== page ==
Eight Out Of 10 Countries Using mHealth Services, WHO Report Says
Eighty-three percent of countries are using mobile phone technology for health services, according to a WHO study (.pdf) released on Tuesday at the Mobile Health Summit in Cape Town, South Africa, Agence France-Presse reports (6/7).
"The four-day Cape Town summit brings together principally mobile operators, handset manufacturers, providers of tele-medicine equipment, health insurance companies, the pharmaceutical industry and government representatives," according to the Guardian (Smith, 6/8).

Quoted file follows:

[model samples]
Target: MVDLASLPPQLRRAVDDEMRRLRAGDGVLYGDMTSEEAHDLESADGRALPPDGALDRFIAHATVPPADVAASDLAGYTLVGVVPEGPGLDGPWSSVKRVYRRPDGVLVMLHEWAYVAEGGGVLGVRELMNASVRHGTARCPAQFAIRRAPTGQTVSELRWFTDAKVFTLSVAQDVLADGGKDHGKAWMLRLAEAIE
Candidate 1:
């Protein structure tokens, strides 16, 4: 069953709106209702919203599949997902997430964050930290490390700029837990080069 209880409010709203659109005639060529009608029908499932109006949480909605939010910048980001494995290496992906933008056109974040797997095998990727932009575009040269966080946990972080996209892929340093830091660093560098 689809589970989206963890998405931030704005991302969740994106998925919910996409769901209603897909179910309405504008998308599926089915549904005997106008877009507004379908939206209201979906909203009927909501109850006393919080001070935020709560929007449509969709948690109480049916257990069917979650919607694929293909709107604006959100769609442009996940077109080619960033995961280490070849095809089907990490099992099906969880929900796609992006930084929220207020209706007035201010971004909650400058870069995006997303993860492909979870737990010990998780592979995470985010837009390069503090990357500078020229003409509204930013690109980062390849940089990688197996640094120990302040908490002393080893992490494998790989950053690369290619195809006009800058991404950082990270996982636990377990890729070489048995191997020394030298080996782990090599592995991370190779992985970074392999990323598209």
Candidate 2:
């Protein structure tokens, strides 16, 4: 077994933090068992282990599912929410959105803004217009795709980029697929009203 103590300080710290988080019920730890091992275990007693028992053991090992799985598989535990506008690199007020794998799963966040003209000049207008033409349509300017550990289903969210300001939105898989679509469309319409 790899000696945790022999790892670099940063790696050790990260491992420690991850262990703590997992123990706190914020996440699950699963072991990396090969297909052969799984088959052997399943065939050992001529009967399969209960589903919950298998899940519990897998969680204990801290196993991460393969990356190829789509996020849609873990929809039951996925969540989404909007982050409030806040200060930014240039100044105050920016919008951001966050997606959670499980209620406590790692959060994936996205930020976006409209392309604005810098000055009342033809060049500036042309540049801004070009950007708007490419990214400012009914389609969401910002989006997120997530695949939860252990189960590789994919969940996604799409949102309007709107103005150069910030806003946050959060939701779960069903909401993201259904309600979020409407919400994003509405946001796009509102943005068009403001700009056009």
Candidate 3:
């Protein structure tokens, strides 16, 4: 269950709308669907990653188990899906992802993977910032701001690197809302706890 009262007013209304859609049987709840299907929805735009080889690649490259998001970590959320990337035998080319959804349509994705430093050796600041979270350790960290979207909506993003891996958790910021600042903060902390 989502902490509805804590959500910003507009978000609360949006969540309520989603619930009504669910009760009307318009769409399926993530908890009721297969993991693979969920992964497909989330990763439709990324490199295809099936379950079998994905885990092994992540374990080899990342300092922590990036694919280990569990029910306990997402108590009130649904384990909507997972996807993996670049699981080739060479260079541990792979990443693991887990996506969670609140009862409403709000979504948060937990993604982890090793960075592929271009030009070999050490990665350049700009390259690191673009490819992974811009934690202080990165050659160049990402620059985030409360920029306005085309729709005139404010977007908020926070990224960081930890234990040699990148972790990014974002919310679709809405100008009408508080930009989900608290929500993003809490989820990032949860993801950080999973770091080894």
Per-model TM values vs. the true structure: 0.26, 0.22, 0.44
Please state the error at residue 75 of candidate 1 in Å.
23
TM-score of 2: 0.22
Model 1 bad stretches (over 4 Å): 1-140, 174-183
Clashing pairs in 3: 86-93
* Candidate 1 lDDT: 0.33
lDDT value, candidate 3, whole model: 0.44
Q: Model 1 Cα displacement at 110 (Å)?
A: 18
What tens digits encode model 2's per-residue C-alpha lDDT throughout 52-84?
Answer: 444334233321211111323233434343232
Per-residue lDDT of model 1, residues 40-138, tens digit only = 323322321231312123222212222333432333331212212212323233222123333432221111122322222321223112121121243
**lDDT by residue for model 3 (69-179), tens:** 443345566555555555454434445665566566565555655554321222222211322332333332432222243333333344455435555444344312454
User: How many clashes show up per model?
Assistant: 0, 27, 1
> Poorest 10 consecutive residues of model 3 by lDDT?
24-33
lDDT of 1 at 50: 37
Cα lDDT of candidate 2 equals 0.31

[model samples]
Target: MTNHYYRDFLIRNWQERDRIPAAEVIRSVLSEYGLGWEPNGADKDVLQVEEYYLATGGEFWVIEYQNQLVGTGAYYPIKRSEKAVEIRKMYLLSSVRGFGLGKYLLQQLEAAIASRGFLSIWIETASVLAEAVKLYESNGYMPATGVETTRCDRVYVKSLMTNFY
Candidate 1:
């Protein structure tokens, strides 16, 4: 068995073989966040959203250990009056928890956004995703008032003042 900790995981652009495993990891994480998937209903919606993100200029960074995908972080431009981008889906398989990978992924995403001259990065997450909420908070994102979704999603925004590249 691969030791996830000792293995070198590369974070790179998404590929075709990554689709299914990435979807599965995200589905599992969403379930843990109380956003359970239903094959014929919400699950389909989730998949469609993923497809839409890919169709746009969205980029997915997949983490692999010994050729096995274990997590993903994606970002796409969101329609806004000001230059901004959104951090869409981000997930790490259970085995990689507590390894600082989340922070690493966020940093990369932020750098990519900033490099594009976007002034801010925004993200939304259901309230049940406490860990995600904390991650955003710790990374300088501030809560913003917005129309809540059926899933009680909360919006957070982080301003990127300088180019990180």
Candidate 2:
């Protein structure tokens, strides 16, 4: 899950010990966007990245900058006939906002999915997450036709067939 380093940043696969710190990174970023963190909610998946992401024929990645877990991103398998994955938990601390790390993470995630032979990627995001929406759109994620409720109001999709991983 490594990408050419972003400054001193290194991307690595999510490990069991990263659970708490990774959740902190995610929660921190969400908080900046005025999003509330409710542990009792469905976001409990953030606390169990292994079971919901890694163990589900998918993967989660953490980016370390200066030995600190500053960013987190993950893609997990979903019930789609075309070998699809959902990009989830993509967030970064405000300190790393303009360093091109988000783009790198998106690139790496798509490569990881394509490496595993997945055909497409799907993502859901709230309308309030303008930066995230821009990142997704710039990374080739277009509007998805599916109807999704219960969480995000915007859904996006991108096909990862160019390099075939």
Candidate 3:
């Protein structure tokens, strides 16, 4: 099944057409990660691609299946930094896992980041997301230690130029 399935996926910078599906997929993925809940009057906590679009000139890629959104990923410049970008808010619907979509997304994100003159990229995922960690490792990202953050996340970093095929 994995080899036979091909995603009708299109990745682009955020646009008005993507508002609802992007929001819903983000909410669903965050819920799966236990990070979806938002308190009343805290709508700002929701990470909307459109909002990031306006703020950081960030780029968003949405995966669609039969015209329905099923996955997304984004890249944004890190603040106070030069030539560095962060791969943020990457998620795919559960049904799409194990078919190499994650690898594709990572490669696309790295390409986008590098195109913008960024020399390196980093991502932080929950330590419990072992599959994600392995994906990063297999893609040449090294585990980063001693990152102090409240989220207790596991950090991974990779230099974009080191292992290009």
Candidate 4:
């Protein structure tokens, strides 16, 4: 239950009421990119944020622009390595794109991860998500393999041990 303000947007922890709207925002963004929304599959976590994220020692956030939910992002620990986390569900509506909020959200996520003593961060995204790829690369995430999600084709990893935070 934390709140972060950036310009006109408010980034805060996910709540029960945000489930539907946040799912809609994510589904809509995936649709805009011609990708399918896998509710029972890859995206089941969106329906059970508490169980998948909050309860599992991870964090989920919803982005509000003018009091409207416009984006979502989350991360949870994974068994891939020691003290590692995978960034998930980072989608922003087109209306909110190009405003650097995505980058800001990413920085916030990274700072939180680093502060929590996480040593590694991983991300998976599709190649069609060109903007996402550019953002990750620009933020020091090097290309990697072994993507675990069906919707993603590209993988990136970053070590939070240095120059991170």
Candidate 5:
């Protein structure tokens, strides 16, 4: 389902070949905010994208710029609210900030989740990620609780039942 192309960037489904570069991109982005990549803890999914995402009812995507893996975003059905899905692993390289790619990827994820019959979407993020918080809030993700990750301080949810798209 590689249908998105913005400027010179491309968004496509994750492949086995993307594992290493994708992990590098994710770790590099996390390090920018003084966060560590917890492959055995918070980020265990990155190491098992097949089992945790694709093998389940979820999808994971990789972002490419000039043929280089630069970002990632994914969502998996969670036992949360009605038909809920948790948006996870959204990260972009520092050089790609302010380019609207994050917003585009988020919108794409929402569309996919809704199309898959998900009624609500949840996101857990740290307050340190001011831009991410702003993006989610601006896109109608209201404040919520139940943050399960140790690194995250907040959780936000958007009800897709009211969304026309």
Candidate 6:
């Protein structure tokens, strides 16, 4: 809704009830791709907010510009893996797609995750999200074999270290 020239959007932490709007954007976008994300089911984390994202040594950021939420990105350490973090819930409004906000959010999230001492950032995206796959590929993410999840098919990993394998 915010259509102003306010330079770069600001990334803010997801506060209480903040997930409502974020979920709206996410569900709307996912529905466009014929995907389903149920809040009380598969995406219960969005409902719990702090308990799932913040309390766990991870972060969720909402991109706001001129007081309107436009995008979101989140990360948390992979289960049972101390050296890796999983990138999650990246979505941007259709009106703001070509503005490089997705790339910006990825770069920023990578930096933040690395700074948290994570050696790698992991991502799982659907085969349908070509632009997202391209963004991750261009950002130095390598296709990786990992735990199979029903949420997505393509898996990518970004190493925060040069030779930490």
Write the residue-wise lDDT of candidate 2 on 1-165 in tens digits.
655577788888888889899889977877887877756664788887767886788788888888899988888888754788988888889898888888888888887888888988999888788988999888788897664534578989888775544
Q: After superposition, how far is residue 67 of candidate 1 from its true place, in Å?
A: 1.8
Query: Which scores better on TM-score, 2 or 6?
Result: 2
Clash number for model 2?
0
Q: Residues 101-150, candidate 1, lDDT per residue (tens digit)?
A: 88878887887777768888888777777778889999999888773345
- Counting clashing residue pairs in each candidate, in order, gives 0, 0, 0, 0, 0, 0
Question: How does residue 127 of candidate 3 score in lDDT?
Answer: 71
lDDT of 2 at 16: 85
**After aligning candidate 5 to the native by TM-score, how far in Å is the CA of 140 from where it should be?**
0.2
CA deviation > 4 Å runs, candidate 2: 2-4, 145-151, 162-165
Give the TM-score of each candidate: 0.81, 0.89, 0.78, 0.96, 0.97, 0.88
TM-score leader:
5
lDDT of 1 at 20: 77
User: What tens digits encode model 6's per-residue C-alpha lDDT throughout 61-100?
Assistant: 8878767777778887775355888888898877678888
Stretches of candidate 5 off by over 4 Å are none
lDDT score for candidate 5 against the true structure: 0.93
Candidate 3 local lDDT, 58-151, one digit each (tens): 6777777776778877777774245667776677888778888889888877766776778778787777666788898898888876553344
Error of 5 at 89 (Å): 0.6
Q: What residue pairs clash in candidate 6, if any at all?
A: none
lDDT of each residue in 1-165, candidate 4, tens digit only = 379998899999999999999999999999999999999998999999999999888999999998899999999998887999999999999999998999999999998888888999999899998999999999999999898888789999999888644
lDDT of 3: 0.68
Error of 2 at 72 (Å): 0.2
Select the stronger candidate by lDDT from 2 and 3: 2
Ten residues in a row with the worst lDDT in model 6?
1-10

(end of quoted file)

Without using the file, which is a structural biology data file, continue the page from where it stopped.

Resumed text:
The WHO study found that out of 114 countries, only 19 had no mobile health initiative, AFP writes. "Globally, the most common schemes for cell phones were call centres or help-lines, emergency toll-free numbers, and mobile telemedicine such as doctors consulting one another. Among the biggest barriers worldwide were cost, a lack of knowledge and health policies that did not recognise mHealth, the study found," according to the news agency (6/7).This is part of the Morning Briefing, a summary of health policy coverage from major news organizations. Sign up for an email subscription.